Nostalgia, the Classics, and the Intimations Ode: Wordsworth’s Forgotten Education

Gray, Erik I.

It seems strange, to say the least, to construct a poem around "intimations of immortality from recollections of early childhood" when neither the recollection nor the immortality recollected is meant to be credible. Yet despite its anomalies Wordworth's Intimations of Immortality from Recollections of Early Childhood remains captivating and comprehensible because it both describes and conveys nostalgia -- the pleasurable impression that something one has never known is in fact merely forgotten. Nostalgia in this sense is not a Wordsworthian invention but is well-known in a number of contexts. In a more complex form the implication of forgotten knowledge is typical not only of Virgil but of what we call "the classics" in general. In the first part of this essay I discuss how this effect is produced in Virgil and Milton, in order to suggest why the strange sense of familiarity described in the Ode seems strangely familiar. In the second section I discuss the nostalgia associated with what is referred to as a classical education, as evidence that the paradox that Wordsworth illuminates is not solely a literary phenomenon.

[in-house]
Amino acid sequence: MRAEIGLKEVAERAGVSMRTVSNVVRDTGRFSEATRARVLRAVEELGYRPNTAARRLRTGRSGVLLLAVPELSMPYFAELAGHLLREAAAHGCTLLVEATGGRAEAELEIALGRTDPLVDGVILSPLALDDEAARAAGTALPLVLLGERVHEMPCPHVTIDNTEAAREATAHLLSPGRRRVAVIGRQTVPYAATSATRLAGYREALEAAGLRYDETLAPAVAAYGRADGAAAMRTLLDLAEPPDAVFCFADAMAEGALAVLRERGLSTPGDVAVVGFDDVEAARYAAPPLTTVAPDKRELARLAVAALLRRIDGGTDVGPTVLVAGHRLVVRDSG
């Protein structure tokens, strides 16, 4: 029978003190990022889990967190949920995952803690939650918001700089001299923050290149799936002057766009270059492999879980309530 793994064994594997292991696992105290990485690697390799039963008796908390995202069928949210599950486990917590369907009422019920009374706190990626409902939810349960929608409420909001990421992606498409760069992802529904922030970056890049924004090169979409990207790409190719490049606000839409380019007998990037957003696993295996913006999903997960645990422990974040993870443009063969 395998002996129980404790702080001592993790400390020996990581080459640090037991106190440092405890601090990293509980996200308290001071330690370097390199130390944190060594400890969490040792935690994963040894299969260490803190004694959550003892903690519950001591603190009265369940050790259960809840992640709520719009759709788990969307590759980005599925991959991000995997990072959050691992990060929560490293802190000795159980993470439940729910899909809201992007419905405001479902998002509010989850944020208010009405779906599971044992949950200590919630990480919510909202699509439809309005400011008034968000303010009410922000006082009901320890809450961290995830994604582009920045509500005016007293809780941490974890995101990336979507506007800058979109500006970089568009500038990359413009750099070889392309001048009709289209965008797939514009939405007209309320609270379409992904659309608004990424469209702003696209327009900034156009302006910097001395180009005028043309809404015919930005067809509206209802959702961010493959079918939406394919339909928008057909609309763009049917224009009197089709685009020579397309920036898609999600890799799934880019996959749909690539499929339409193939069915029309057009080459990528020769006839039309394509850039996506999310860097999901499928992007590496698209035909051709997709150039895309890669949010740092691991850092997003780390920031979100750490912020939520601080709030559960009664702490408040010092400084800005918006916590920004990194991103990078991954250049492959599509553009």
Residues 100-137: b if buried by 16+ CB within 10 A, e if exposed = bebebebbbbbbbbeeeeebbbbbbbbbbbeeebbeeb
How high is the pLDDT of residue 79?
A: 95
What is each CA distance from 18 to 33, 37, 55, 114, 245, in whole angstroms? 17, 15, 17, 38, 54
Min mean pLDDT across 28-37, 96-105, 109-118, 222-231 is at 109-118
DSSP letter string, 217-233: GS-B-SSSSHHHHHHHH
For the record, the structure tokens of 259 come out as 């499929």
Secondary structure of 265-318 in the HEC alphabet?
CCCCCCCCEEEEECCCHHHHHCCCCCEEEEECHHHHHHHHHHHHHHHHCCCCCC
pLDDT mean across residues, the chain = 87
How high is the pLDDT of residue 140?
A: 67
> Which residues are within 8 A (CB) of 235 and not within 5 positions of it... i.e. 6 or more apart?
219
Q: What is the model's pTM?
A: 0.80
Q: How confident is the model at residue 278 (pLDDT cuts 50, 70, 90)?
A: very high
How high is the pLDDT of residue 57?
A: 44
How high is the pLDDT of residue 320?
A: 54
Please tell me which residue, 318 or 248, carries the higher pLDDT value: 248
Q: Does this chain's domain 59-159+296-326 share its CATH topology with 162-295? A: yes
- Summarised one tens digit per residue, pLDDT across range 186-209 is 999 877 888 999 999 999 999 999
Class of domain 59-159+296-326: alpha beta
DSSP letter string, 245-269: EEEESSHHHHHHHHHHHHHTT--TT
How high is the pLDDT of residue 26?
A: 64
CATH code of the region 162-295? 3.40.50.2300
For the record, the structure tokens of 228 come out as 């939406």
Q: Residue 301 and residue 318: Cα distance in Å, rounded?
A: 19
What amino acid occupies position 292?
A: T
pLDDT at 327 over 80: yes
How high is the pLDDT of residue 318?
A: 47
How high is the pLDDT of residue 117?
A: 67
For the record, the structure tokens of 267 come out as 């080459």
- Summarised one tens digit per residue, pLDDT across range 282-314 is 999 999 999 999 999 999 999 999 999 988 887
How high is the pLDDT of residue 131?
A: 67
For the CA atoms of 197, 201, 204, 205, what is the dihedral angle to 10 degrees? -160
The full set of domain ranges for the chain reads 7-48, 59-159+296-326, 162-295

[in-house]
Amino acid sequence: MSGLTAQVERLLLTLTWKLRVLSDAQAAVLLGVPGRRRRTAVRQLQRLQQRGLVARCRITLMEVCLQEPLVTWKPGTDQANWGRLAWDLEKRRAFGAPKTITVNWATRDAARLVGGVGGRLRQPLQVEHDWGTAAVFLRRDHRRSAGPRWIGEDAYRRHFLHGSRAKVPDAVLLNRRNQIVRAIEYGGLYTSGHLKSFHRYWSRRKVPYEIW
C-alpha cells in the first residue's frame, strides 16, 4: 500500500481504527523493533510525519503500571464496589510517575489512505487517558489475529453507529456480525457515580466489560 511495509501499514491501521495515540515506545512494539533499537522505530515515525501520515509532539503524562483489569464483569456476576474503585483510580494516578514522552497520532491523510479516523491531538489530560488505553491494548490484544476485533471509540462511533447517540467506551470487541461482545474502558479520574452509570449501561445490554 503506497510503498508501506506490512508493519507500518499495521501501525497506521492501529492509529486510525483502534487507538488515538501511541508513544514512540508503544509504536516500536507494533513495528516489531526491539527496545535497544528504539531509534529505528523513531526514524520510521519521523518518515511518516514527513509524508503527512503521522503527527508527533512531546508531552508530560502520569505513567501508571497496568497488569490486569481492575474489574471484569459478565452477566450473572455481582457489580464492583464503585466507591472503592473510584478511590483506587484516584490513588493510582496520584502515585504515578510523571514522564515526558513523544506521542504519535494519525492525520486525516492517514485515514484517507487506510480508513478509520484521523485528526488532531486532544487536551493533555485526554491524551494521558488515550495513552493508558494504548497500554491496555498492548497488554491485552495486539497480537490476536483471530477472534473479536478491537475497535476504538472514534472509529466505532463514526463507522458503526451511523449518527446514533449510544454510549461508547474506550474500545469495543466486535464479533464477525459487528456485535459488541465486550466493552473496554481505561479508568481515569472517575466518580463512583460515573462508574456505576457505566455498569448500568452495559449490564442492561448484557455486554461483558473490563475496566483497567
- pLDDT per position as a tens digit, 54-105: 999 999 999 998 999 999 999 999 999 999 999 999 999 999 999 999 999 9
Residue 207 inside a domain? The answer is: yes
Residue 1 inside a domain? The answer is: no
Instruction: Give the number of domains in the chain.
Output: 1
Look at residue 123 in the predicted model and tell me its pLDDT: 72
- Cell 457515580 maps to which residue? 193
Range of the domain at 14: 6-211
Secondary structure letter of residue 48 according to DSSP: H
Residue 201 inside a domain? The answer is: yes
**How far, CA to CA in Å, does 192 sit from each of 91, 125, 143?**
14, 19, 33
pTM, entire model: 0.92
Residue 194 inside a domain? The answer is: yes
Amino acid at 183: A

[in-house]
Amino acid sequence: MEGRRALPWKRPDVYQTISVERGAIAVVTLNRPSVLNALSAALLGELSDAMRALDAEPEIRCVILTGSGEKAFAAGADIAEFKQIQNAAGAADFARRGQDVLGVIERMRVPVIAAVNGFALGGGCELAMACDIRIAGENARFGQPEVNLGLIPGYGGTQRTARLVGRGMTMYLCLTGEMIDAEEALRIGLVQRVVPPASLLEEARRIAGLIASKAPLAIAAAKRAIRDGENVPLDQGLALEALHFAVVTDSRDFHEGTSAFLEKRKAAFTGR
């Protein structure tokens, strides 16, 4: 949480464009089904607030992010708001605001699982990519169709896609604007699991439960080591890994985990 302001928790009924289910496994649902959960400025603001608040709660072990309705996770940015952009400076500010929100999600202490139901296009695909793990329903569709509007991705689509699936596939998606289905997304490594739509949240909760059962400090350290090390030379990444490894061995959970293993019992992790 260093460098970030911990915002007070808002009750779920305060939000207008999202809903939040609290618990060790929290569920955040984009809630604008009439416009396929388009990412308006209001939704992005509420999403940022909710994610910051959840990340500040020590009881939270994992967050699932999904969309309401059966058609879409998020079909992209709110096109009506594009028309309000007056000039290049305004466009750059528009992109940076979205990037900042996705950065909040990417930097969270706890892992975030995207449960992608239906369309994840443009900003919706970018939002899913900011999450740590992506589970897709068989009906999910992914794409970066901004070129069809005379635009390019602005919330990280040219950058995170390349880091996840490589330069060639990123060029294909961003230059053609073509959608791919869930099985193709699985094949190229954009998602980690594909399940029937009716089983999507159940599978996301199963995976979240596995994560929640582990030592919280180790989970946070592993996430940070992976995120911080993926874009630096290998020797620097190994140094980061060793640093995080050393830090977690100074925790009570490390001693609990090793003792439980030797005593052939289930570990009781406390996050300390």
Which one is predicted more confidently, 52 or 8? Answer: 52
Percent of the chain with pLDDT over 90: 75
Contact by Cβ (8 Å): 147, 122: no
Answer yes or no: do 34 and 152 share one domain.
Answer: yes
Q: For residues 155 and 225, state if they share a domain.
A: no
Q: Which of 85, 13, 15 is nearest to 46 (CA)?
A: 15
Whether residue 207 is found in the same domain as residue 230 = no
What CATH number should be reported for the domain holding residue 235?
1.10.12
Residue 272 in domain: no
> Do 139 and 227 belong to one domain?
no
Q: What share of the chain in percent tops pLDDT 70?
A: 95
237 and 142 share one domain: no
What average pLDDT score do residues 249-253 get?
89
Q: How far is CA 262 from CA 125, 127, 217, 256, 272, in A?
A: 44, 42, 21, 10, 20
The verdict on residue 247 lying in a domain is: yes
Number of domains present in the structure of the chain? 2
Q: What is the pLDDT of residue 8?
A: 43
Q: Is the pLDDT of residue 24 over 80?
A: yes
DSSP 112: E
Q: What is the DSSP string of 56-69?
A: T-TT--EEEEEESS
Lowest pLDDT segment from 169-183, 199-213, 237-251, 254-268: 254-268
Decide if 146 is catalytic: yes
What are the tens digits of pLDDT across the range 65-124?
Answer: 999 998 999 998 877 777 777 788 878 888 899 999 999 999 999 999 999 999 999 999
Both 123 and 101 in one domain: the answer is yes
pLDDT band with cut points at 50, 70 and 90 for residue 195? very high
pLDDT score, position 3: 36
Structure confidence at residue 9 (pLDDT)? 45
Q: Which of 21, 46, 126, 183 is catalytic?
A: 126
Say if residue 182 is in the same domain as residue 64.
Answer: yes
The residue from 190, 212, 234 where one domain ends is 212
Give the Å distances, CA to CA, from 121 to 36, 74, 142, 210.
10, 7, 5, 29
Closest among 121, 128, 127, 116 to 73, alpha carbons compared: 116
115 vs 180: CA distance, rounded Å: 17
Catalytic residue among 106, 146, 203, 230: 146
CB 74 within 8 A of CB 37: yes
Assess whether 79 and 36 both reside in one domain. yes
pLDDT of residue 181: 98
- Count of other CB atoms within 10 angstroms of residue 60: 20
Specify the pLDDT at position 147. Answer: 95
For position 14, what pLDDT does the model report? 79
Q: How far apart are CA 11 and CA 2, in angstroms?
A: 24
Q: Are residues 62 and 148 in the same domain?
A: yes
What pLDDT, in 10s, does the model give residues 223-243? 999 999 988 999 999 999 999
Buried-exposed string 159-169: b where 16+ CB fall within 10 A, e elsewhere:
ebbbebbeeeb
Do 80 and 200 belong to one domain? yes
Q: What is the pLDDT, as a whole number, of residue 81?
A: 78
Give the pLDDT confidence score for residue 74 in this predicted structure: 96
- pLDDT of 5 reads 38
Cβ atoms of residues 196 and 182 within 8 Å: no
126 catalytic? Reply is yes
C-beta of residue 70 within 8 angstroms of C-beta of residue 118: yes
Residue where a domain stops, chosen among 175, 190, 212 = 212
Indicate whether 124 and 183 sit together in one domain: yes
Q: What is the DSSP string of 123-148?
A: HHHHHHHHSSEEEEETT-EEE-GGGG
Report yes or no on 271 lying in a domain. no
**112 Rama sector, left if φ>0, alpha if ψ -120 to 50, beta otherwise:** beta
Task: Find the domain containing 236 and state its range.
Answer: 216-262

Also Published In

Philological Quarterly

More About This Work

Academic Units
English and Comparative Literature
Department of English, University of Iowa
Published Here
May 4, 2015